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Former GOP SC governor candidate John Warren sells business as he eyes political future

South Carolina GOP gubernatorial candidate John Warren (copy)

South Carolina GOP gubernatorial candidate John Warren, with his wife Courtney, speaks to supporters in downtown Greenville after losing a runoff election to Henry McMaster on June 26, 2018. Warren is selling his business as he eyes a return to the political scene. File/Bart Boatwright/The Greenville News

COLUMBIA — Greenville businessman John Warren, the runner-up in the 2018 GOP primary for South Carolina governor, has sold the majority ownership stake in his specialty mortgage finance company with plans to "re-engage" in politics in the future.

In an interview Monday with The Post and Courier, Warren emphasized he will not be a candidate for any office in 2020 — ruling out the once-rumored possibility that he could launch a GOP primary challenge against U.S. Sen. Lindsey Graham, R-S.C., who is up for re-election next year.

He left open the door for any number of future political bids, including potentially challenging incumbent Republican Gov. Henry McMaster again in 2022, saying he has a "passion for service."

"Beyond 2020, I'm going to continue to stay heavily involved in the conservative movement in South Carolina and I'm going to continue to serve in a variety of ways," Warren said. "I haven't made any decisions on future elections."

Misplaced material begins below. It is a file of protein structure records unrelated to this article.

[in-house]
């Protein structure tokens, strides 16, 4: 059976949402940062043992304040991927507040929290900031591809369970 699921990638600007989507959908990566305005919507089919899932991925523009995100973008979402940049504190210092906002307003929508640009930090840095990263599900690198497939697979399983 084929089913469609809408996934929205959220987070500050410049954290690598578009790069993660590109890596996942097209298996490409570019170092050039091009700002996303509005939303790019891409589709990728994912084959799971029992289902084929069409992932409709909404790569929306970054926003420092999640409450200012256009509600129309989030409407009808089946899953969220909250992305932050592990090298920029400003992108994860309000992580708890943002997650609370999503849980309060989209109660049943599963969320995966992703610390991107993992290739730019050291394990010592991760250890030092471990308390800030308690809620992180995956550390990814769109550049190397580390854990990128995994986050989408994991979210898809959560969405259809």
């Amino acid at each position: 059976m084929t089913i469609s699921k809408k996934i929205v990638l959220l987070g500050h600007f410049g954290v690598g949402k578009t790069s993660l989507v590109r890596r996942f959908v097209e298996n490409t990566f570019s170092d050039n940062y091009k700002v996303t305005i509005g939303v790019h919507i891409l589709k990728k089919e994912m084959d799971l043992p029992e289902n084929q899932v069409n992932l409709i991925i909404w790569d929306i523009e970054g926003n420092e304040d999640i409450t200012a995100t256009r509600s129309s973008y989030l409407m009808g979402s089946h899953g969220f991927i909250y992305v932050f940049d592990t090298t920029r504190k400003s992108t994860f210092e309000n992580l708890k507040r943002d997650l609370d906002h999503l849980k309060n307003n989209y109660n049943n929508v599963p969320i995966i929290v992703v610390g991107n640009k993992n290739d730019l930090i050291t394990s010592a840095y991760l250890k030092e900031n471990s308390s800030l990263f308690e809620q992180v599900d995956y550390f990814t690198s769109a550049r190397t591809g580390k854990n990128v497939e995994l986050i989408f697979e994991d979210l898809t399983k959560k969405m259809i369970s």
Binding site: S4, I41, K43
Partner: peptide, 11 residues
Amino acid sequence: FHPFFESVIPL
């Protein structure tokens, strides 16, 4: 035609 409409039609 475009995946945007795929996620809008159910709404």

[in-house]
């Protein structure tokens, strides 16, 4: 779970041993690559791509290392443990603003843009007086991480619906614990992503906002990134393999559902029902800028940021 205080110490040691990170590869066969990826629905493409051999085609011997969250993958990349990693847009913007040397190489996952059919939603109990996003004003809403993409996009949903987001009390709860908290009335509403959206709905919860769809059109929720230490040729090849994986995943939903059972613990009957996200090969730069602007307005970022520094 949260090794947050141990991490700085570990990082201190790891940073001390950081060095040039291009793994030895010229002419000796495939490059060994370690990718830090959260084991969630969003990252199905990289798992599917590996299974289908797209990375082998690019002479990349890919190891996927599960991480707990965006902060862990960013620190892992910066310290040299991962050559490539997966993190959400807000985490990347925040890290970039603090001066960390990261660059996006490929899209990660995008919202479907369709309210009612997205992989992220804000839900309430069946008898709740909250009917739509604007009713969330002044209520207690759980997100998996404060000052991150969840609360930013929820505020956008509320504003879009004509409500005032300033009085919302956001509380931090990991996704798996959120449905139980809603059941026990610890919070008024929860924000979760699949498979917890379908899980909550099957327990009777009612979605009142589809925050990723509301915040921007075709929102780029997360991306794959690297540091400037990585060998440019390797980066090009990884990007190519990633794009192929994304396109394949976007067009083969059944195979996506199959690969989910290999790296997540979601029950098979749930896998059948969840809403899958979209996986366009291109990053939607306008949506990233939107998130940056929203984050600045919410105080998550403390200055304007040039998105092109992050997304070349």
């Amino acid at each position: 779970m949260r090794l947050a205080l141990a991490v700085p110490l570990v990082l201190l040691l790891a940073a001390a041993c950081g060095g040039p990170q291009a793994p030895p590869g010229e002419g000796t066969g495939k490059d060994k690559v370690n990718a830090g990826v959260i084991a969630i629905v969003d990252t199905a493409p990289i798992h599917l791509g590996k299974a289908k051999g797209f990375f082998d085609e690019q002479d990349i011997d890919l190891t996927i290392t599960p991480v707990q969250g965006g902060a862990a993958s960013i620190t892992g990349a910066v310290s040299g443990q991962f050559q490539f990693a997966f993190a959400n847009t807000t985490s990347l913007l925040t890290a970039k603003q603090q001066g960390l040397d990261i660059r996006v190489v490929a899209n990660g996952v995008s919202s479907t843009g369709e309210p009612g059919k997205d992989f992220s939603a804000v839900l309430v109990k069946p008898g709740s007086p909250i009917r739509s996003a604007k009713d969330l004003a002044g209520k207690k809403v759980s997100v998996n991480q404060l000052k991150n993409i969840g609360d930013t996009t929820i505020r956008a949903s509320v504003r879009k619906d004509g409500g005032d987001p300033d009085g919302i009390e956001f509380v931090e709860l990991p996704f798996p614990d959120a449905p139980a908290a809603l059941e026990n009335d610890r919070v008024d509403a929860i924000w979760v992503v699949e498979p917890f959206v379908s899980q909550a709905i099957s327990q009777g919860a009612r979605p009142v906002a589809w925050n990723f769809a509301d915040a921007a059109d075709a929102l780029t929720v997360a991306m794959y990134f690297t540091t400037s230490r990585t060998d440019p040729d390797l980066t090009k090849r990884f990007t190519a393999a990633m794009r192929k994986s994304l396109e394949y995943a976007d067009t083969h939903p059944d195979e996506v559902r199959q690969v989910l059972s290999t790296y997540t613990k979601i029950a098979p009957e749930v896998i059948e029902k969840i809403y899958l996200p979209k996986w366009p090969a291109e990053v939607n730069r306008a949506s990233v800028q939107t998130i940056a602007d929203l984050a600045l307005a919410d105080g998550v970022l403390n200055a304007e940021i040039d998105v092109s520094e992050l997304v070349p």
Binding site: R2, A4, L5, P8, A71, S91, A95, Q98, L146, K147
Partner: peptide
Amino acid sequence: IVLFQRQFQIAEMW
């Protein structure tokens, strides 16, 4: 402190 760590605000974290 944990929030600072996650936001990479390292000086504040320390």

Since Warren founded Lima One Capital in 2011, the company has grown to more than 300 full and part-time employees around the country, including more than 160 full-time employees at the Greenville headquarters. A Marine combat veteran, Warren named the company after his call sign in Iraq. 

"We have a great leadership team in place, and the partners that we sold to are going to be able to continue the run," Warren said. "Selling the company ultimately enables me and Courtney (his wife) to pursue other things from other business ventures, politics and philanthropy."

Warren said he has already been active in other unspecified business ventures since the end of his campaign.

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"Even when I left the campaign, I came back as chairman so that wasn't a day-to-day role, so I've been involved in other things," Warren said, including "helping entrepreneurs get their businesses off the ground" and "helping certain large projects get capital from institutional sources on Wall Street."

Though he won't be running for office himself in 2020, Warren said he does plan to get more involved in the political scene.

"Now that I have a little more free time because I've separated myself from the business, I will be re-engaging and will probably have more announcements in the coming weeks about that," Warren said.

Running in his first race, Warren took McMaster, a former state attorney general and lieutenant governor who had been governor for more than a year after Nikki Haley left for the United Nations, to a runoff despite entering the race later than other GOP challengers. Warren caught up by self-financing his campaign with more than $3 million while billing himself as a political outsider. 

Warren won in the GOP-rich Upstate in the runoff, but McMaster dominated in the rest of the state including areas around Columbia and Myrtle Beach where President Donald Trump and Vice President Mike Pence held rallies for the governor just days before the election. McMaster won the runoff 54 percent to 46 percent and would go on to defeat Democrat James Smith in the general election.


Follow Jamie Lovegrove on Twitter @jslovegrove.

Jamie Lovegrove is a political reporter covering the South Carolina Statehouse, congressional delegation and campaigns. He previously covered Texas politics in Washington for The Dallas Morning News and in Austin for the Texas Tribune.

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